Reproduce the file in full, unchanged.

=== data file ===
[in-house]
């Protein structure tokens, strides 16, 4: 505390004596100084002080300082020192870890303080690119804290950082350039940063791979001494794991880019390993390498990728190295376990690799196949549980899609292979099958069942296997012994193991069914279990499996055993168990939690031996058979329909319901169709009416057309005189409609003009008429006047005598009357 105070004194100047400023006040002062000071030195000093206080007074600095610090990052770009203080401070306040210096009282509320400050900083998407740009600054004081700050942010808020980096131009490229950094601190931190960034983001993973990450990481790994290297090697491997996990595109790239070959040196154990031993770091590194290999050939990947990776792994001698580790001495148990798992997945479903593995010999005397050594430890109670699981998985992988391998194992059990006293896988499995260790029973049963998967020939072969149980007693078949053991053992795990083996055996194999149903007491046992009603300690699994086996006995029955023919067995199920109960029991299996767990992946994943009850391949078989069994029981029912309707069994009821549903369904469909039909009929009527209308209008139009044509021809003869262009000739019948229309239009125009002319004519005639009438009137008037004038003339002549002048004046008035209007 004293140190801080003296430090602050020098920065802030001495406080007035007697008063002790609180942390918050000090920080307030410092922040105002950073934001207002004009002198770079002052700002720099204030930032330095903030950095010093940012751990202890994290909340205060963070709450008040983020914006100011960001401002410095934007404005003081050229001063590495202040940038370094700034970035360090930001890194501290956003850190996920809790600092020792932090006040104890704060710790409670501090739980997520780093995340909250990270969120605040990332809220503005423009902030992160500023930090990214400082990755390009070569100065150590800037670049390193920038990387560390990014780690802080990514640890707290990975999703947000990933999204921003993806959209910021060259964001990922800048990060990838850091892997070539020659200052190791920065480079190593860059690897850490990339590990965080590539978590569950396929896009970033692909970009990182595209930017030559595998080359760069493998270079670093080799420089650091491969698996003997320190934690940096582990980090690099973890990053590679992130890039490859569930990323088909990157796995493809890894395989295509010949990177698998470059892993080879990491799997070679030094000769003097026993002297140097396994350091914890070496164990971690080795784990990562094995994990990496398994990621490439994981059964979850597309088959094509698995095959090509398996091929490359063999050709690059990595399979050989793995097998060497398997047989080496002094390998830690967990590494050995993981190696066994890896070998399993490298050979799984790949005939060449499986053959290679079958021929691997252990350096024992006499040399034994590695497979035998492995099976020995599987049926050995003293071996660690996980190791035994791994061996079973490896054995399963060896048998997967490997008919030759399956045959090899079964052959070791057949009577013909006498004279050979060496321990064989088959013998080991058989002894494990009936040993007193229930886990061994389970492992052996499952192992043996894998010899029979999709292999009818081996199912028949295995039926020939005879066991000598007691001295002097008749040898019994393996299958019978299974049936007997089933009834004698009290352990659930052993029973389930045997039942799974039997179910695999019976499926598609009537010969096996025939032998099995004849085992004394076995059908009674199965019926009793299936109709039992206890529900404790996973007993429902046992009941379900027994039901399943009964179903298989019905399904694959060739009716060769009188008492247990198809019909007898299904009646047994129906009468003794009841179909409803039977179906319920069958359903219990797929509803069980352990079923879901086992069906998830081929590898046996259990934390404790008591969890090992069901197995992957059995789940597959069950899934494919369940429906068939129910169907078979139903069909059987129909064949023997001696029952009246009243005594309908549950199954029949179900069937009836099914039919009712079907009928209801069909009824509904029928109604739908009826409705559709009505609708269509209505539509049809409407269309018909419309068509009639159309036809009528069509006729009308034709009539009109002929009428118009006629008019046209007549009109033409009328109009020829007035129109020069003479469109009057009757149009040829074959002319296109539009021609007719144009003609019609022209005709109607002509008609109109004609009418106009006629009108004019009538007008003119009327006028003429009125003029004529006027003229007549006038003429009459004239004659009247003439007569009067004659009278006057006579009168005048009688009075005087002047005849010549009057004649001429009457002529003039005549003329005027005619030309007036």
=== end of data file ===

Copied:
[in-house]
């Protein structure tokens, strides 16, 4: 505390004596100084002080300082020192870890303080690119804290950082350039940063791979001494794991880019390993390498990728190295376990690799196949549980899609292979099958069942296997012994193991069914279990499996055993168990939690031996058979329909319901169709009416057309005189409609003009008429006047005598009357 105070004194100047400023006040002062000071030195000093206080007074600095610090990052770009203080401070306040210096009282509320400050900083998407740009600054004081700050942010808020980096131009490229950094601190931190960034983001993973990450990481790994290297090697491997996990595109790239070959040196154990031993770091590194290999050939990947990776792994001698580790001495148990798992997945479903593995010999005397050594430890109670699981998985992988391998194992059990006293896988499995260790029973049963998967020939072969149980007693078949053991053992795990083996055996194999149903007491046992009603300690699994086996006995029955023919067995199920109960029991299996767990992946994943009850391949078989069994029981029912309707069994009821549903369904469909039909009929009527209308209008139009044509021809003869262009000739019948229309239009125009002319004519005639009438009137008037004038003339002549002048004046008035209007 004293140190801080003296430090602050020098920065802030001495406080007035007697008063002790609180942390918050000090920080307030410092922040105002950073934001207002004009002198770079002052700002720099204030930032330095903030950095010093940012751990202890994290909340205060963070709450008040983020914006100011960001401002410095934007404005003081050229001063590495202040940038370094700034970035360090930001890194501290956003850190996920809790600092020792932090006040104890704060710790409670501090739980997520780093995340909250990270969120605040990332809220503005423009902030992160500023930090990214400082990755390009070569100065150590800037670049390193920038990387560390990014780690802080990514640890707290990975999703947000990933999204921003993806959209910021060259964001990922800048990060990838850091892997070539020659200052190791920065480079190593860059690897850490990339590990965080590539978590569950396929896009970033692909970009990182595209930017030559595998080359760069493998270079670093080799420089650091491969698996003997320190934690940096582990980090690099973890990053590679992130890039490859569930990323088909990157796995493809890894395989295509010949990177698998470059892993080879990491799997070679030094000769003097026993002297140097396994350091914890070496164990971690080795784990990562094995994990990496398994990621490439994981059964979850597309088959094509698995095959090509398996091929490359063999050709690059990595399979050989793995097998060497398997047989080496002094390998830690967990590494050995993981190696066994890896070998399993490298050979799984790949005939060449499986053959290679079958021929691997252990350096024992006499040399034994590695497979035998492995099976020995599987049926050995003293071996660690996980190791035994791994061996079973490896054995399963060896048998997967490997008919030759399956045959090899079964052959070791057949009577013909006498004279050979060496321990064989088959013998080991058989002894494990009936040993007193229930886990061994389970492992052996499952192992043996894998010899029979999709292999009818081996199912028949295995039926020939005879066991000598007691001295002097008749040898019994393996299958019978299974049936007997089933009834004698009290352990659930052993029973389930045997039942799974039997179910695999019976499926598609009537010969096996025939032998099995004849085992004394076995059908009674199965019926009793299936109709039992206890529900404790996973007993429902046992009941379900027994039901399943009964179903298989019905399904694959060739009716060769009188008492247990198809019909007898299904009646047994129906009468003794009841179909409803039977179906319920069958359903219990797929509803069980352990079923879901086992069906998830081929590898046996259990934390404790008591969890090992069901197995992957059995789940597959069950899934494919369940429906068939129910169907078979139903069909059987129909064949023997001696029952009246009243005594309908549950199954029949179900069937009836099914039919009712079907009928209801069909009824509904029928109604739908009826409705559709009505609708269509209505539509049809409407269309018909419309068509009639159309036809009528069509006729009308034709009539009109002929009428118009006629008019046209007549009109033409009328109009020829007035129109020069003479469109009057009757149009040829074959002319296109539009021609007719144009003609019609022209005709109607002509008609109109004609009418106009006629009108004019009538007008003119009327006028003429009125003029004529006027003229007549006038003429009459004239004659009247003439007569009067004659009278006057006579009168005048009688009075005087002047005849010549009057004649001429009457002529003039005549003329005027005619030309007036």